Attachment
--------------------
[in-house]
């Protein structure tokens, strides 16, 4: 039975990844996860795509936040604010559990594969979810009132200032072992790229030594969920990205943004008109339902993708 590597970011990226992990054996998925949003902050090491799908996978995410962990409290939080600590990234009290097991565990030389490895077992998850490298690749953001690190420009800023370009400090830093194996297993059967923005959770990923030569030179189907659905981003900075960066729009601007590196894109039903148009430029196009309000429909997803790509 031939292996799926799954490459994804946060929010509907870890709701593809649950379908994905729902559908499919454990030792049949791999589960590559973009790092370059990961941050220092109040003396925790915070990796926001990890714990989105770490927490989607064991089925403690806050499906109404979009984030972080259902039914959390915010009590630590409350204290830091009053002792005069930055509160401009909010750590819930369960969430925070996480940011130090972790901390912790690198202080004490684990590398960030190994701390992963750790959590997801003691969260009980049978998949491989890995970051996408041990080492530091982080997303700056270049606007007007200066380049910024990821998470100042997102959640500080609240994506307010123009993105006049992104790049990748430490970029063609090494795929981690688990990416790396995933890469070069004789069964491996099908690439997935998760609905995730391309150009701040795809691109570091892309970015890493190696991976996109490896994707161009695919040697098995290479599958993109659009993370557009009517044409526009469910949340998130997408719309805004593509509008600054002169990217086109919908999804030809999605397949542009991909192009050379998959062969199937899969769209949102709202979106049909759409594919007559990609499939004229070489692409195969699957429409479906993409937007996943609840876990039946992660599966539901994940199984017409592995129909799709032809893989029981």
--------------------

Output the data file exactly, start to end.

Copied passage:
[in-house]
């Protein structure tokens, strides 16, 4: 039975990844996860795509936040604010559990594969979810009132200032072992790229030594969920990205943004008109339902993708 590597970011990226992990054996998925949003902050090491799908996978995410962990409290939080600590990234009290097991565990030389490895077992998850490298690749953001690190420009800023370009400090830093194996297993059967923005959770990923030569030179189907659905981003900075960066729009601007590196894109039903148009430029196009309000429909997803790509 031939292996799926799954490459994804946060929010509907870890709701593809649950379908994905729902559908499919454990030792049949791999589960590559973009790092370059990961941050220092109040003396925790915070990796926001990890714990989105770490927490989607064991089925403690806050499906109404979009984030972080259902039914959390915010009590630590409350204290830091009053002792005069930055509160401009909010750590819930369960969430925070996480940011130090972790901390912790690198202080004490684990590398960030190994701390992963750790959590997801003691969260009980049978998949491989890995970051996408041990080492530091982080997303700056270049606007007007200066380049910024990821998470100042997102959640500080609240994506307010123009993105006049992104790049990748430490970029063609090494795929981690688990990416790396995933890469070069004789069964491996099908690439997935998760609905995730391309150009701040795809691109570091892309970015890493190696991976996109490896994707161009695919040697098995290479599958993109659009993370557009009517044409526009469910949340998130997408719309805004593509509008600054002169990217086109919908999804030809999605397949542009991909192009050379998959062969199937899969769209949102709202979106049909759409594919007559990609499939004229070489692409195969699957429409479906993409937007996943609840876990039946992660599966539901994940199984017409592995129909799709032809893989029981």